World Rainforest Movement

Argentina: Echoes of the plebiscite against Canadian mining exploitation

The streets of the Patagonian town of Esquel still echo with the celebrations held on the resounding victory of “NO” which obtained 81% of the non-binding plebiscite held on 23 March. The monstrous governmental-company propaganda machinery was unable to convince the population to give its support to the exploitation of a gold and silver mine, located some 6 kilometres from the town. The most important town in the Chubut cordillera, inhabited by some 30 thousand people, said NO, and Mining Argentina trembled.

Both the provincial and municipal governments –in favour of “YES”– had to announce that they would respect the people’s will. However, the Federal Mining Council (Consejo Federal Minero – CoFeMin) comprising representatives of the mining provinces ignore the people’s will and the Canadian mining company, Meridian Gold Inc. has stated that it will not renounce its extractive intentions.

In the fervour of victory, on 29 March hundreds of inhabitants of Esquel symbolically closed the access route to the deposits. Furthermore, on 2 April, the local Deliberating Council, promulgated an ordinance declaring Esquel a “Non Toxic and Environmentally Sustainable” Municipality. This ordinance prohibits “industrial and mining activities that use leaching with toxic products or any other technique that requires the use of explosives and toxic inputs, or techniques that release into the atmosphere substances of any kind that on their own or in combination with others, could be toxic and/or noxious to human health, to natural resources as a whole, water, soil, flora, fauna, landscape, sources of conventional and non conventional energy and atmosphere, on the basis of environmental values.”

Through this ordinance, the zone of mountains, peaks and edges located within the municipal lands, was declared a Specially Protected Landscape Area, in order to preserve its natural characteristics.

For a few days Esquel, a town unknown to millions of Argentines, was the news on the front page of several newspapers. Suddenly it had become incorporated into the global village and the 2000 km separating it from Buenos Aires, seat of political and economic power, had disappeared. Devaluation of Argentine currency has been the signal awaited by companies to start the mining cycle, a new cycle of economy for the country, according to the estimates of the Under-secretariat for Mining. However, the undertaking chosen as a national milestone is resisted by the people.

The promotion policy launched in the nineties, with the exploitation of the gold deposits of Bajo La Alumbrera in Catamarca, and Cerro Vanguardia in Santa Cruz, has suffered an unexpected setback.

Some sights have already been aimed at the Province of San Juan, located in the central west of Argentina, due to the unrest generated in the population by the contamination of the Valle del Cura area. Following an investigation by the local Mining Council in the Lama gold fields, toxic waste was found buried high up the mountain. According to this body, the Barrick Exploraciones Argentina S.A., a company with Canadian capital, did not fulfil commitments taken on in the Environmental Impact Report and will have to pay a fine of some US$80 thousand.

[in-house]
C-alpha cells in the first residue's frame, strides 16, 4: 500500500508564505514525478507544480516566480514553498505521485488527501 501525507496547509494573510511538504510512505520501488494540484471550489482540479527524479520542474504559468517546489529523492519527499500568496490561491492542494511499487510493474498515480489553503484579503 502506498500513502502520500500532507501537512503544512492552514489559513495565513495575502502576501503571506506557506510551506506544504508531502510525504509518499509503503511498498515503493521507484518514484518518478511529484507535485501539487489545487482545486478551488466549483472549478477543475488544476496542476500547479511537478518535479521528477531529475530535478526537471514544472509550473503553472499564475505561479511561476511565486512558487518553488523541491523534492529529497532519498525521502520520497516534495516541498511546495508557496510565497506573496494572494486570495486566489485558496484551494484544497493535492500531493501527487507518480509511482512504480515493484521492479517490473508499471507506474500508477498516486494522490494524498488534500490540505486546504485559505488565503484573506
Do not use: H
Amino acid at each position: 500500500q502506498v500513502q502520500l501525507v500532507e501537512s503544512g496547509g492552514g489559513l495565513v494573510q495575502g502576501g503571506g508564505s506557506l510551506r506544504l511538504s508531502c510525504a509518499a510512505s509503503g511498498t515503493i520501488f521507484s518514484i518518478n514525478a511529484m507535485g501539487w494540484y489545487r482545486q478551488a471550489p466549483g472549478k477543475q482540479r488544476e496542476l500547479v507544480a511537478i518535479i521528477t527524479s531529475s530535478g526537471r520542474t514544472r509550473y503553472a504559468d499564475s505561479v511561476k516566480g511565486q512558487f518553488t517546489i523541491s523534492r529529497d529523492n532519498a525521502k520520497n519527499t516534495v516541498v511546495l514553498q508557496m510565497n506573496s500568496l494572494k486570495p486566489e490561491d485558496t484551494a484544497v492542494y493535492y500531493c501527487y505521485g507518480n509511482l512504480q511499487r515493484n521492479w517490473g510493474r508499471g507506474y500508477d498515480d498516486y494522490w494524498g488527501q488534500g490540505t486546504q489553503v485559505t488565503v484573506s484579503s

In view of this finding, the “Prensa Geo Minera” publication, linked to interests in the sector, warned a few months ago that “If (Barrick) does not prepare a concrete information programme on environmental protection and relations with the communities, both undertakings (the gold mines at San Juan, Lama and Veladero) could see their implementation endangered, as has happened recently with the gold exploitation project at Esquel, the property of the Meridian Gold company.”

While in the province of Catamarca, in the Northeast of Argentina, complaints continue against the leaks in the tailings dike at the gold mine at Bajo La Alumbrera. Contamination from acid leaks in the basin of the Vis Vis River could endanger the north of Argentina’s greatest water reserve.

It is true that the Esquel plebiscite does not have any legal force, but it has the enormous power of embodying the people’s freely expressed feelings against environmental destruction by mining activities. It also represents the feelings of other peoples which are suffering from the impact of mining in Argentina and which now see Esquel as an example to be followed. With their vote in the plebiscite, the inhabitants of Esquel have placed the mining sector in general and a Canadian company in particular, in a very weak situation.

By: Hernán Scandizzo, e-mail: herscan@data54.com

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